What Are You Up To Now? is a recurring Pop Culture feature designed to check in on actors from our (and your) favorite movies and TV shows from back in the day that haven't been heard from in awhile. What's that guy from that show on ABC doing these days? Now, we bring you the answer.

If you grew up in the early '90s [and had good taste in adolescent TV] then you grew up with Amy Jo Johnson. Even 21 years later, all it takes is one look at Johnson, still the spitting image of her 23-year-old self, to bring in a tidal wave of Saturday morning memories from her days of beating up Putty Monsters, piloting robots and taking orders from a floating head in a tube, all while wearing a bright pink tights along with her four equally vibrantly dressed friends. Fast forward two decades though and Kimberly the Pink Ranger has matured quite nicely, transitioning from '90s nostalgia totem (Mighty Morphin Power Rangers) to teen show guest star staple (Felicity, Wildfire) and to now, a quietly emerging writer-director.

We caught up with Amy Jo to both reflect on the past and look to the future, which includes her first stab at a feature length effort, The Space Between. Read on to see if she'd ever be down for more Power Rangers, and after you've finished, find out more about how to contribute to her new movie here.

What's your fondest memory from Power Rangers?
My fondest memory of Power Rangers was just being a kid and hanging out with the cast and crew. We had such a great time on and off set. We were like a family. Lots of very fun parties and laughs.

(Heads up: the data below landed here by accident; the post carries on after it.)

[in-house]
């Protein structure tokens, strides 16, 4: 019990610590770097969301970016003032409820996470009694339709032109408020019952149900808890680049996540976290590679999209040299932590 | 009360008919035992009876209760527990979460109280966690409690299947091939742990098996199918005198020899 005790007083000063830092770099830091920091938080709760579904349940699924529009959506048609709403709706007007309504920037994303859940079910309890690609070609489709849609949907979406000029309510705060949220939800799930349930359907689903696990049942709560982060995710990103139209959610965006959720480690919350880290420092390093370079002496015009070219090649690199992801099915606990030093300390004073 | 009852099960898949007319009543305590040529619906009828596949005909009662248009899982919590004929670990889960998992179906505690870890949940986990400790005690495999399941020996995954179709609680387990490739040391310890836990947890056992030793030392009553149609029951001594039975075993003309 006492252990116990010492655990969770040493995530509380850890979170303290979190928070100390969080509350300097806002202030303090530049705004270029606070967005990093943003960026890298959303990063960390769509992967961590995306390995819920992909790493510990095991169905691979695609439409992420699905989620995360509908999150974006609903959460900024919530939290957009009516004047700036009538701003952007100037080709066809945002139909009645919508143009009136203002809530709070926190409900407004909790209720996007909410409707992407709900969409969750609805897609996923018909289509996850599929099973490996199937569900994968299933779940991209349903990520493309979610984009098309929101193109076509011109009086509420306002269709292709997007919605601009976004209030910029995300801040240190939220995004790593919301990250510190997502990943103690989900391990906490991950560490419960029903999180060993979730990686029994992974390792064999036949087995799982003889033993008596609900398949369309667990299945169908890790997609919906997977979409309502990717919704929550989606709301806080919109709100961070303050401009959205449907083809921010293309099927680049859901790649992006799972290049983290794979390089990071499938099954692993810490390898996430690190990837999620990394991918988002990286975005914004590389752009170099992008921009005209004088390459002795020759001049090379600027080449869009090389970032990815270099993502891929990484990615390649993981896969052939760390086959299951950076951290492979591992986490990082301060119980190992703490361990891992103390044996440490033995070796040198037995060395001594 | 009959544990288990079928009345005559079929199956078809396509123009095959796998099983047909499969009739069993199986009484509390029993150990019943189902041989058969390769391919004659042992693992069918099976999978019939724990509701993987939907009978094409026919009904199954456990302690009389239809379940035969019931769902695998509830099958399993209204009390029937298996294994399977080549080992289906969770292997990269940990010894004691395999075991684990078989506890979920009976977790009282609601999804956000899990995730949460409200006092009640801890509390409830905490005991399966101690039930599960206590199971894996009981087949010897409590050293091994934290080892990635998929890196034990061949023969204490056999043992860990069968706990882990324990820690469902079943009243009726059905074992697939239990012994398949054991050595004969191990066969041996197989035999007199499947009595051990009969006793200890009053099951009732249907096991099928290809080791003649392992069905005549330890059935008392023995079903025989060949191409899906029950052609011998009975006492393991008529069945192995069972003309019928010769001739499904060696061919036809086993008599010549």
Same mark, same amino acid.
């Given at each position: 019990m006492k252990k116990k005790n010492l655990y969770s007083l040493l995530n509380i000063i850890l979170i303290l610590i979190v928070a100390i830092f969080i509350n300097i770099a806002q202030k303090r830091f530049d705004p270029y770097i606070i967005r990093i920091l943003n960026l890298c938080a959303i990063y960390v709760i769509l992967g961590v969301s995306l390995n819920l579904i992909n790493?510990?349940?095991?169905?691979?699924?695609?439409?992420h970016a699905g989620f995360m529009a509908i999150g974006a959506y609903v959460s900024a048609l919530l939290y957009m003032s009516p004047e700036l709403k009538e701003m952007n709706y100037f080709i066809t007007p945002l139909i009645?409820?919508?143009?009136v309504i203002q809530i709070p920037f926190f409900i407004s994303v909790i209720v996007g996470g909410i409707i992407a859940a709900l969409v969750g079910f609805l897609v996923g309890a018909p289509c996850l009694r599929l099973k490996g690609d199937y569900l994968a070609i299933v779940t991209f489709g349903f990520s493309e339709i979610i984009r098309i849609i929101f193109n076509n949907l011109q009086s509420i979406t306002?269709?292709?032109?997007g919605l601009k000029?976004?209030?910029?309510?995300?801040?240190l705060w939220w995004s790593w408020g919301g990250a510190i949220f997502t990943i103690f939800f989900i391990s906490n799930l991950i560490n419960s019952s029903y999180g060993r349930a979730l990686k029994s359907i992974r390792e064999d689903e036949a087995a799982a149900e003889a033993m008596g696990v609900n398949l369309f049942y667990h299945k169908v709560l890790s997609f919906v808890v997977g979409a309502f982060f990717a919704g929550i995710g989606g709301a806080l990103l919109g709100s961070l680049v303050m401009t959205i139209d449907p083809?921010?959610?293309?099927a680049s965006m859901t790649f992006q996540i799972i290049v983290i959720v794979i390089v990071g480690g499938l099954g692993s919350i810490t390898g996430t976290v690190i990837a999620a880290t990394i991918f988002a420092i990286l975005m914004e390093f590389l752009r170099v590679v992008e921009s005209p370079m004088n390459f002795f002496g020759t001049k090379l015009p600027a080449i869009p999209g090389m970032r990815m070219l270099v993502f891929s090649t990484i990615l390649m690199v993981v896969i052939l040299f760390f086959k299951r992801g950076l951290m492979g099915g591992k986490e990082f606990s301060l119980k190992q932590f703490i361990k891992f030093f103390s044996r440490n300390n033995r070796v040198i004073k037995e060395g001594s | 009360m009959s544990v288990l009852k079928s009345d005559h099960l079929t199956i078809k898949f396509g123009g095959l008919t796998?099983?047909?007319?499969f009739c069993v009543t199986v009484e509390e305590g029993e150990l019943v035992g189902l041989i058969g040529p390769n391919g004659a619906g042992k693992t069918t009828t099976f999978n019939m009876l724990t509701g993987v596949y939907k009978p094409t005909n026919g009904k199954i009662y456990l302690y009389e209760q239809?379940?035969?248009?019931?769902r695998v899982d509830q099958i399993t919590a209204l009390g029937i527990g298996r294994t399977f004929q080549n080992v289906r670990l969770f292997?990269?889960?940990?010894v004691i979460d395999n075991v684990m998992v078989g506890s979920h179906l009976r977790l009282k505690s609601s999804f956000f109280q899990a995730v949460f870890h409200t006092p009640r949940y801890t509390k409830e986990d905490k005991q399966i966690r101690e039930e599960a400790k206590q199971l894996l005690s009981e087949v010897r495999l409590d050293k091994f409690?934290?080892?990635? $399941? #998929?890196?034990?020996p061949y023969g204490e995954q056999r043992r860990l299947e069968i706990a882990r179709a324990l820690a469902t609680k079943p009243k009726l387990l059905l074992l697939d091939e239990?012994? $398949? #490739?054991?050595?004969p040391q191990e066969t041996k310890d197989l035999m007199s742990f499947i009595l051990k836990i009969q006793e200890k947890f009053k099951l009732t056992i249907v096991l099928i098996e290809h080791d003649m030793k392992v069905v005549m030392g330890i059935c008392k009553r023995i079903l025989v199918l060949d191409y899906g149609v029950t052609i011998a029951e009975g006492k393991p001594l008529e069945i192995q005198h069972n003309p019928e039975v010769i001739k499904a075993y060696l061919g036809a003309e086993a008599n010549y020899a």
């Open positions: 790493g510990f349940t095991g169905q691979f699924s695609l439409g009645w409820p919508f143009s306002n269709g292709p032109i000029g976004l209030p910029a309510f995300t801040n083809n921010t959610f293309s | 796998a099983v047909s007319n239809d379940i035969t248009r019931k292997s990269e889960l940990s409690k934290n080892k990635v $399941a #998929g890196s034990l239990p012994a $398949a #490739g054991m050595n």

Do you still talk to anyone from the cast? Specifically Tommy or Jason?
I talk to David Yost [Billy the Blue Ranger] quite frequently. He’s one of my best friends. I have spoken with JDF [Jason David Frank, Tommy] in the last few years and am very proud of him and his new reality TV show. He’s a hard worker, that guy.

Did you keep any props from set?
I wish I did!! Would come in handy right now with our Indiegogo campaign for my first feature film The Space Between. Ah well…

You once said you think you'll never live the Pink Ranger down and that the role/experience gave you nightmares? Do you still feel that way? What's fan interaction like these days?
First of all, what gave me nightmares was the tens of thousands of people who showed up to our first performance at Universal Amphitheater the week the show launched on TV. I had never performed in front of so many people and that gave me nightmares. As for saying I’ll never live the Pink Ranger down, not sure when I ever said that, [ed. note: it was a comment, made jokingly in her appearance on I Love the 90s] but if I had it was probably referring to the fact that it did take quite some time after leaving PR to get my next job. I needed to prove to the casting community at that time that I could act and be more than that role. I did jump into many classes and plays for a few years before I landed my next acting job, which was a movie of the week on NBC called Killing Mr. Griffin. At this point in my life I embrace and love the fact that PR was my first job and am blown away by how many people grew up with this show and still love it.